Malthus became widely known for his theories about change in population. His An Essay on the Principle of Population observed that sooner or later population would be checked by famine and disease. He wrote in opposition to the popular view in 18th-century Europe that saw society as improving and in principle as perfectible. Naturally he had no use for Rousseau’s woolly ideas of noble savage. Nature was a battle- front where life forms marshaled their energies to get an edge over others in the ever dwindling resources. There was nothing noble but hard-nosed reality of survival.

Malthus wrote:

That the increase of population is necessarily limited by the means of subsistence,

That population does invariably increase when the means of subsistence increase, and,

That the superior power of population is repressed, and the actual population kept equal to the means of subsistence, by misery and vice.

Malthus was interested in everything about populations. He accumulated figures on births, deaths, age of marriage and childbearing, and economic factors contributing to longevity. His main contribution was to highlight the relationship between food supply and population. Humans do not overpopulate to the point of starvation, he contended, only because people change their behavior in the face of economic incentives. (Perhaps the reason for fall in child births globally after the 2008 must point out to the validity of this point.b)

Noting that while food production tends to increase arithmetically, population tends to increase naturally at a (faster) geometric rate, Malthus argued that it is no surprise that people thus choose to reduce (or “check”) population growth. People can increase food production, Malthus thought, only by slow, difficult methods such as reclaiming unused land or intensive farming; but they can check population growth more effectively by marrying late, using contraceptives, emigrating and so on.

It could be argued that war is also part of Nature’s game plan*.

Trivia: Thomas Carlyle in 1849 coined economics as “dismal science.” It was to demean John Stuart Mill, and often erroneously thought to refer to Malthus’s contributions to the economics of population growth.



 Hitler’s lebensraum  was one way of cutting the ground off from under the feet of National Socialism. Is it not nature’s way of getting rid of evil geniuses? Nature works with chains of events that are most likely to be beneficial to maintain open societies where new technologies shall be put to use for creating health and all around well-being of  global population. Consequently ethnic cleansing of minorities, gypsies, Jews adopted by Nazi Germany as a state policy was counterproductive. Stalin would cause some 22 millions to perish under his personality cult. Where did that leave Soviet bloc? Did it not go out of business by its own immoral governance? Nature has a role if we were to follow Malthusian thought  further into the fall of empire-states. (Ack: wikipedia, Lauren F. Landsburg)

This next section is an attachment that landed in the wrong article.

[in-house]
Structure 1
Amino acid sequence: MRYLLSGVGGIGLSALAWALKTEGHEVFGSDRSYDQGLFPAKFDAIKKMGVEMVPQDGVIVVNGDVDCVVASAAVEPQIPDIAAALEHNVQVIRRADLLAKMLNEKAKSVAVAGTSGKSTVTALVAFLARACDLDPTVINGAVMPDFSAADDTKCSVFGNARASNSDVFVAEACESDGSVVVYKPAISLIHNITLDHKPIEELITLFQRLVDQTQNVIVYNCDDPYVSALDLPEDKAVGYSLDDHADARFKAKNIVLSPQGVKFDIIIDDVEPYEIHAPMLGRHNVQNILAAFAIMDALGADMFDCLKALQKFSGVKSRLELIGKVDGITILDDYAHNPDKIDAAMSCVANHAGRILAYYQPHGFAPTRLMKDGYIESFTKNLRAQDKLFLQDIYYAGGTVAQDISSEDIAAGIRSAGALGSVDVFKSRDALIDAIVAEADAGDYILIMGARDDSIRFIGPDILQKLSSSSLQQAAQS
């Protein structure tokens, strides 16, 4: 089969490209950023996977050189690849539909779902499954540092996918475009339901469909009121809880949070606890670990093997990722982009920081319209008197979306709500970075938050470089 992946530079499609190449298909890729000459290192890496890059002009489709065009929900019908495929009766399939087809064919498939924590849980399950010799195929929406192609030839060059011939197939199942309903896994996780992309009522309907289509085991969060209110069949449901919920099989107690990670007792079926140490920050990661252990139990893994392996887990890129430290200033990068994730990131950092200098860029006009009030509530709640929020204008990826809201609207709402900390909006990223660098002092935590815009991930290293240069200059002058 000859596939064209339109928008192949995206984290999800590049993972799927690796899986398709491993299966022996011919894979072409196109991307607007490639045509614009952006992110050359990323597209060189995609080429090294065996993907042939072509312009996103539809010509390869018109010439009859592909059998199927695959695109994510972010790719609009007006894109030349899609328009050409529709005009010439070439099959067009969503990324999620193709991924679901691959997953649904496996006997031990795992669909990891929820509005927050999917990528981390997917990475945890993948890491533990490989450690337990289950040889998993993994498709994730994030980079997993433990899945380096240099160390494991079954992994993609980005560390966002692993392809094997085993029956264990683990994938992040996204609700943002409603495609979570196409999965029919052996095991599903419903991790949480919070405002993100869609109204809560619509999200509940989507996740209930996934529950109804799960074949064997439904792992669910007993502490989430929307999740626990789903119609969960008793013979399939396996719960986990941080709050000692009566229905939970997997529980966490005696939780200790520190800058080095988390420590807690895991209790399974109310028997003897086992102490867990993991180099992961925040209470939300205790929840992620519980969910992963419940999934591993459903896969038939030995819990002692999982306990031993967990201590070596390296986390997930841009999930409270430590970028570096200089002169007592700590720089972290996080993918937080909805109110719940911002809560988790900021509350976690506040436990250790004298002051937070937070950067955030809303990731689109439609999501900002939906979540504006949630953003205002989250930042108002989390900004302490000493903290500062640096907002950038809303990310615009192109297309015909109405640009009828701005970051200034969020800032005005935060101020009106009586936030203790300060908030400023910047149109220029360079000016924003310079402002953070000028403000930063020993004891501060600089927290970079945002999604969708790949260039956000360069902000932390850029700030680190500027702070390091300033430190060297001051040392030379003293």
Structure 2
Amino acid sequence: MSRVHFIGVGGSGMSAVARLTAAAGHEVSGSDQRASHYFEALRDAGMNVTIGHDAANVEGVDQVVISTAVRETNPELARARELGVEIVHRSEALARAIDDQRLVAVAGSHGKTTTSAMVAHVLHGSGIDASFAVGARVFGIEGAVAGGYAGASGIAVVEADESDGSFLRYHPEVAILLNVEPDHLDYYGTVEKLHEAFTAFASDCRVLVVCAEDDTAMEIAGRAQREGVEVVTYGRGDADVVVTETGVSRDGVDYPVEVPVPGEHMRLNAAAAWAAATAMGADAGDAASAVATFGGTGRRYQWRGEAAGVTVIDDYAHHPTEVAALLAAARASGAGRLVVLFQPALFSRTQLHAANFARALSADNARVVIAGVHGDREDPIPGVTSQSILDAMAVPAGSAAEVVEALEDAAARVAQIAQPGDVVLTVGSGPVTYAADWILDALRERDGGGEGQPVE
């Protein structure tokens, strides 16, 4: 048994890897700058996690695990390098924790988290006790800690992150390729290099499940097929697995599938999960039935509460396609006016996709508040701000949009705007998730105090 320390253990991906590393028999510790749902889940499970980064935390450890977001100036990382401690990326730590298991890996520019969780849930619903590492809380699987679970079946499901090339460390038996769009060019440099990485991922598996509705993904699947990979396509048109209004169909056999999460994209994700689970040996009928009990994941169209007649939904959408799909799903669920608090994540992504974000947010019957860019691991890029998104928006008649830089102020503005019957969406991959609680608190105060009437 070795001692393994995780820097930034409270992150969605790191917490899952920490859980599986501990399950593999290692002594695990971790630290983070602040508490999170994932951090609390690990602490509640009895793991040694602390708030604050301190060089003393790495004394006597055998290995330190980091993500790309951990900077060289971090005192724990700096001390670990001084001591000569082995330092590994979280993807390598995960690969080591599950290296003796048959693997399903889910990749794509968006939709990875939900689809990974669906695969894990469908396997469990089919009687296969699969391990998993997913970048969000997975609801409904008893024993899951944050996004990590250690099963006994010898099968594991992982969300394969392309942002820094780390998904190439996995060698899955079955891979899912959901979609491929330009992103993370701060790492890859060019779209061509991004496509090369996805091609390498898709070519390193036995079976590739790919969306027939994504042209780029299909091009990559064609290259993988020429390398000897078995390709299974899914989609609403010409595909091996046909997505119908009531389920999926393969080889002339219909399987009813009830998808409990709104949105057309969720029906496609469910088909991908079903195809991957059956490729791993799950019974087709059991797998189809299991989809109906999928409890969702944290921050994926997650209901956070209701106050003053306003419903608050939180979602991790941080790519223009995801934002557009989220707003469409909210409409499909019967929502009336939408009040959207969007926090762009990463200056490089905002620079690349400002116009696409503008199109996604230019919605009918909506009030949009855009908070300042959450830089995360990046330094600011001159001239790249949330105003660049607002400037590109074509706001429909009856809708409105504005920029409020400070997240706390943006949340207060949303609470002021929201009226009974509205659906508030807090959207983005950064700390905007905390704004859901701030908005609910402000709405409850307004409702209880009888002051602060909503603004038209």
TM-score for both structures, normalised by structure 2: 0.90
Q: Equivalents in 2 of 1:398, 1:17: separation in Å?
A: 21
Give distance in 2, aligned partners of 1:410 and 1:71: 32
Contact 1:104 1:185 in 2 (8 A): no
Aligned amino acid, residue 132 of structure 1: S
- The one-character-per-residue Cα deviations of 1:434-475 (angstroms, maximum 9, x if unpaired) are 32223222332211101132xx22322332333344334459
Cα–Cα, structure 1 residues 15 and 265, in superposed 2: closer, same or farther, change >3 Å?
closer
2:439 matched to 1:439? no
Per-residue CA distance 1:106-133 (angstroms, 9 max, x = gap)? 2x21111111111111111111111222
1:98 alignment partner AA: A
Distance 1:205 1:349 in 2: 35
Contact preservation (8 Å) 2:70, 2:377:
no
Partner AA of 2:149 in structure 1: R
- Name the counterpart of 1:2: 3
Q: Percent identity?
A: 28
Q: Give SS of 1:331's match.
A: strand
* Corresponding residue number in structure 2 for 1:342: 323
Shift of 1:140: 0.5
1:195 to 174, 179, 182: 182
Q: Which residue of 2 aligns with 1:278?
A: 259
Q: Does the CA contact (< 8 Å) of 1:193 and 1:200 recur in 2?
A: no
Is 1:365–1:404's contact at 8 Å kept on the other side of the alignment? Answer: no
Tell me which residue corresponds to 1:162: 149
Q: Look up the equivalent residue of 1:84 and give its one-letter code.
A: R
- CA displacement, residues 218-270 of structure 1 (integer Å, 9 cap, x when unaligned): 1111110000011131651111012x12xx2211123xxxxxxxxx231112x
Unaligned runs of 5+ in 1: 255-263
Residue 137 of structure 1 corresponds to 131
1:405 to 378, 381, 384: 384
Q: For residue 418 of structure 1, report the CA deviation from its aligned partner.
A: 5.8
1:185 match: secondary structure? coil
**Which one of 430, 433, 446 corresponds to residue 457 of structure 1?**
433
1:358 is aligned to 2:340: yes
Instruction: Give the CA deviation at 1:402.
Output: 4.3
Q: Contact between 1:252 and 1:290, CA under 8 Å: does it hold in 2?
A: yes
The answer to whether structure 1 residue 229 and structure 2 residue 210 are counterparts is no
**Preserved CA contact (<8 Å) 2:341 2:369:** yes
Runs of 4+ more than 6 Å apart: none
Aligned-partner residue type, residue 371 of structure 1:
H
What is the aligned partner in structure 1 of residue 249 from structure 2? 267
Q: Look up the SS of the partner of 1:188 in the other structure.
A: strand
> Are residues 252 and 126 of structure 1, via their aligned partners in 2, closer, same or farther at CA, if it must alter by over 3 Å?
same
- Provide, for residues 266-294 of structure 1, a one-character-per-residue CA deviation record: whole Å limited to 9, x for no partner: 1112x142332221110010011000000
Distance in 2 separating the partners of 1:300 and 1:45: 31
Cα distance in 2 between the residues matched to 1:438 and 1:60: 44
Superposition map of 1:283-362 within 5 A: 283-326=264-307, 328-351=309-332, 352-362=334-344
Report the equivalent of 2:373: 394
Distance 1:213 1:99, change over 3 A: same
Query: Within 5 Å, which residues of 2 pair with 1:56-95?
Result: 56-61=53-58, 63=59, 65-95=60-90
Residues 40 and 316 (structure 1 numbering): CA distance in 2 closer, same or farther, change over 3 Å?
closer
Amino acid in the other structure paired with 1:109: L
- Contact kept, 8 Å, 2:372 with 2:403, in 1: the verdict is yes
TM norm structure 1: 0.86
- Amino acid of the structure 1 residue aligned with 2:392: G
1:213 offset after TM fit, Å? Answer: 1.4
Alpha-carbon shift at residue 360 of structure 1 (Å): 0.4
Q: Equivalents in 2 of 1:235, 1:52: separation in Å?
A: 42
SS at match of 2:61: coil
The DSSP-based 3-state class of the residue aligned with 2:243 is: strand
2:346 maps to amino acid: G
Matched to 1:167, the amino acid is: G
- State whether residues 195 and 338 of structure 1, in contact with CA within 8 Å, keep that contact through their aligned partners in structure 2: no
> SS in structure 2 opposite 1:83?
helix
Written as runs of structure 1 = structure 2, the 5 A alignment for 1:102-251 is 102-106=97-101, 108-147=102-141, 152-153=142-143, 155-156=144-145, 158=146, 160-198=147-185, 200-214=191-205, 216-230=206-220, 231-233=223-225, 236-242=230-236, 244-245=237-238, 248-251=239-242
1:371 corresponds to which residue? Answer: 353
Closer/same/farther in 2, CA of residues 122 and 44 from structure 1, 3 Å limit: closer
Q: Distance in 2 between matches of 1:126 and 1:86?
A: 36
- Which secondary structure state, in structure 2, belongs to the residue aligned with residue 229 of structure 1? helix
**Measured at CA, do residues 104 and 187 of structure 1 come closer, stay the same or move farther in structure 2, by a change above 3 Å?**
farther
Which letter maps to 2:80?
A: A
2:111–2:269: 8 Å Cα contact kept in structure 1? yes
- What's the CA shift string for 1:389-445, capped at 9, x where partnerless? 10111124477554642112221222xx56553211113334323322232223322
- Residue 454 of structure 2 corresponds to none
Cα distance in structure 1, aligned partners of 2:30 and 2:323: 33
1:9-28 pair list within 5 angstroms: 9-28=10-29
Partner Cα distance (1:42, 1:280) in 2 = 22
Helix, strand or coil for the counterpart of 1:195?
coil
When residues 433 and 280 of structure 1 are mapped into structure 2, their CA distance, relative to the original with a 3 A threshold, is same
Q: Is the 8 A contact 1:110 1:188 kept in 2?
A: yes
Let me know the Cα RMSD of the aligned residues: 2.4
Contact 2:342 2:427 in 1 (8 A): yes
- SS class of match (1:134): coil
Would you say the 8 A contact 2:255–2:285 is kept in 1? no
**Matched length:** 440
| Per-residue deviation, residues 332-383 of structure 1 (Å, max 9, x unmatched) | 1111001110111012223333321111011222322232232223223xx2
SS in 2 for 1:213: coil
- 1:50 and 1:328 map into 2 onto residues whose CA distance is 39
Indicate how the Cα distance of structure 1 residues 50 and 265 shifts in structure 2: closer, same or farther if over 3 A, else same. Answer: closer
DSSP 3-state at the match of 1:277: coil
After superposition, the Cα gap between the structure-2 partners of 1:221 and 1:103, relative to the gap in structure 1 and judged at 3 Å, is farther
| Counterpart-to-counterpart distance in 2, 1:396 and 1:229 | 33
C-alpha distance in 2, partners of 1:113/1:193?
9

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It must be said as a proof to the political acumen of FDR after the Great Depression, the United States had 40 years of economic growth,without a single financial crisis. The financial industry was tightly regulated. Most regular banks were local businesses, and they were prohibited from speculating with depositors’ savings. Investment banks, which handled stock and bond trading, were small, private partnerships.
“In the traditional, uh, investment-banking-partnership model, the
partners put the money up. And obviously, the partners watched that money very carefully. They wanted to live well, but they didn’t want to bet the ranch on anything.”Samuel Hayes Prof.emeritus of investment banking Harvard Business School.
In the 1980s, the financial industry exploded. The investment banks went
public, giving them huge amounts of stockholder money. People on Wall Street started getting rich. In 1981, President Ronald Reagan chose as Treasury secretary the CEO
of the investment bank Merrill Lynch, Donald Regan (1981-85).
The Reagan administration, supported by economists and financial lobbyists, started a 30-year period of financial deregulation.
In 1982, the Reagan administration deregulated savings and loan companies, allowing them to make risky investments with their depositors’ money. By the end of the decade, hundreds of savings and loan companies had failed.
(This crisis cost taxpayers 124 billion dollars, and cost many people their life savings. Perhaps one of the biggest bank heist in our history came out of the nexus between Reagan and Donald Regan (not related). You see the entire Wall Street was behind the Presidnt to a man. This was a dry run for the economic downturn of 2008 and would affect globally millions as a result.( Only the villains and fools had to strut on the stage and do their pieces.)

Law catches up with crooks sooner or later. Thousands of savings and loan executives went to jail for looting their companies. One of the most extreme cases was Charles Keating.
You got to say Keating, a smart Alec that he was, hired an economist named Alan Greenspan. His hand was so steeped in the heist that he did go to jail but luck smiled on Greenspan. President Reagan appointed him chairman of America’s central bank, the Federal
Reserve. Greenspan was reappointed by presidents Clinton and George W. Bush.
During the Clinton administration, deregulation continued under Greenspan and Treasury secretaries Robert Rubin — the former CEO of the investment bank Goldman Sachs — and Larry Summers, a Harvard economics professor. By the late 1990s, the financial sector had consolidated into a few gigantic firms, each of them so large that their failure could threaten the whole system; and the Clinton administration helped them grow even larger.